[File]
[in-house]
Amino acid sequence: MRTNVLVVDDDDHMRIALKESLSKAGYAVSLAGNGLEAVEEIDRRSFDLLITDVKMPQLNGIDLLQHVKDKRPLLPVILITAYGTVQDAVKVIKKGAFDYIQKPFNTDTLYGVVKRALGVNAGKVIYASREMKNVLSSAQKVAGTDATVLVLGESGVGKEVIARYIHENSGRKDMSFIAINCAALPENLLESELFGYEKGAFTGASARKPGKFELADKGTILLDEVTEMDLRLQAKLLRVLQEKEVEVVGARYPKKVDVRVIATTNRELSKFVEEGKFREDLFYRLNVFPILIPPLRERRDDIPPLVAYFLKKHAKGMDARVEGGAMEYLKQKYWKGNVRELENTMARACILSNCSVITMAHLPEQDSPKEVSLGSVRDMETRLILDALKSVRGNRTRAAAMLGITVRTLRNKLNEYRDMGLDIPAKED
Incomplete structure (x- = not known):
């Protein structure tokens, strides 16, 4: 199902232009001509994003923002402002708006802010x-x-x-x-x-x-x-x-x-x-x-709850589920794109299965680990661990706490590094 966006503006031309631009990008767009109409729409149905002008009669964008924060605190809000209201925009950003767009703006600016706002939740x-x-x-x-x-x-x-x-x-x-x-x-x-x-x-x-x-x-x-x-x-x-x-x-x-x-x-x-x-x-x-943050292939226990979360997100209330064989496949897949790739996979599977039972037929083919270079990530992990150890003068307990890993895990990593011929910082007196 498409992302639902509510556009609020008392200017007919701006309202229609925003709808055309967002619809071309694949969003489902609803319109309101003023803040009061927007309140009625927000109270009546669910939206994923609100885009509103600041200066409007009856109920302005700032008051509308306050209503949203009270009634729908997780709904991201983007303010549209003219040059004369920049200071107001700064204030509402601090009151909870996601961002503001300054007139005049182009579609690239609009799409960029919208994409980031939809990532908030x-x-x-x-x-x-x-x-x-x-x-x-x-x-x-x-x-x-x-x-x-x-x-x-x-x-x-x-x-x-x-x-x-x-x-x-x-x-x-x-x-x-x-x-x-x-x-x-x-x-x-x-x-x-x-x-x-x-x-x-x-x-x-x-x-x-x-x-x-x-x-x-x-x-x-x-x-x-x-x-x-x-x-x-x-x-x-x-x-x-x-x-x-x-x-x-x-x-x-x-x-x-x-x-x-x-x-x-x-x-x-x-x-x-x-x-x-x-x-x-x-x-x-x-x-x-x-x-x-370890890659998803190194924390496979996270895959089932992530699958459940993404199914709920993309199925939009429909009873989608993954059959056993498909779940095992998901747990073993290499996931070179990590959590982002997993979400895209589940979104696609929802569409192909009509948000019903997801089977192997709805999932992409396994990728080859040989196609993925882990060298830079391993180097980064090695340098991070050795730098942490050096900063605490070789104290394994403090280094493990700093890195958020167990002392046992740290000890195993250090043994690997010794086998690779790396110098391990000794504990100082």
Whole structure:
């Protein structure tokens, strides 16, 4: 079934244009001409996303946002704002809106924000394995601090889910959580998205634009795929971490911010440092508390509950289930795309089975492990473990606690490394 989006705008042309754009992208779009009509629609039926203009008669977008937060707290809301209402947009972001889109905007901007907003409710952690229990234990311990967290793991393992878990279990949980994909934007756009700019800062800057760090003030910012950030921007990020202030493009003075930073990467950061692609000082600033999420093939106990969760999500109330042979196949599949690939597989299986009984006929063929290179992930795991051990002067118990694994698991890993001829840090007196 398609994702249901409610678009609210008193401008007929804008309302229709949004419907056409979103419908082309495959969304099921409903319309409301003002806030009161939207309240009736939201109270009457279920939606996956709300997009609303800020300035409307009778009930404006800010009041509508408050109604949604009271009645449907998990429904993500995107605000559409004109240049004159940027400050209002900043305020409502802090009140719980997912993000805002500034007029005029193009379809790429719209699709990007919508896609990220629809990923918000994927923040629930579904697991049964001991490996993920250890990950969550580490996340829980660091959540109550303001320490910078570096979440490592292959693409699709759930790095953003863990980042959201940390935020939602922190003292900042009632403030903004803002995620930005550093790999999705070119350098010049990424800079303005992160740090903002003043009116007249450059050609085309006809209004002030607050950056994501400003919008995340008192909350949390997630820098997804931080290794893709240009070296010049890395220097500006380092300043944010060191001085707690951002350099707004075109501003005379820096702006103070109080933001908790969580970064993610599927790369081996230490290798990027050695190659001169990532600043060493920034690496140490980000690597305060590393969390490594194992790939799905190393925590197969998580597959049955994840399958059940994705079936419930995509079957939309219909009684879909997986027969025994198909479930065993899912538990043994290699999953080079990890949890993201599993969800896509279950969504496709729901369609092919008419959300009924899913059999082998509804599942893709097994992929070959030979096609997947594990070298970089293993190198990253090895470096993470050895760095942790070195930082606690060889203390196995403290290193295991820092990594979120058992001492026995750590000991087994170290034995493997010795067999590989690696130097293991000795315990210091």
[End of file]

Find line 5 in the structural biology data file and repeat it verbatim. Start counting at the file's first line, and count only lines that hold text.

Whole structure: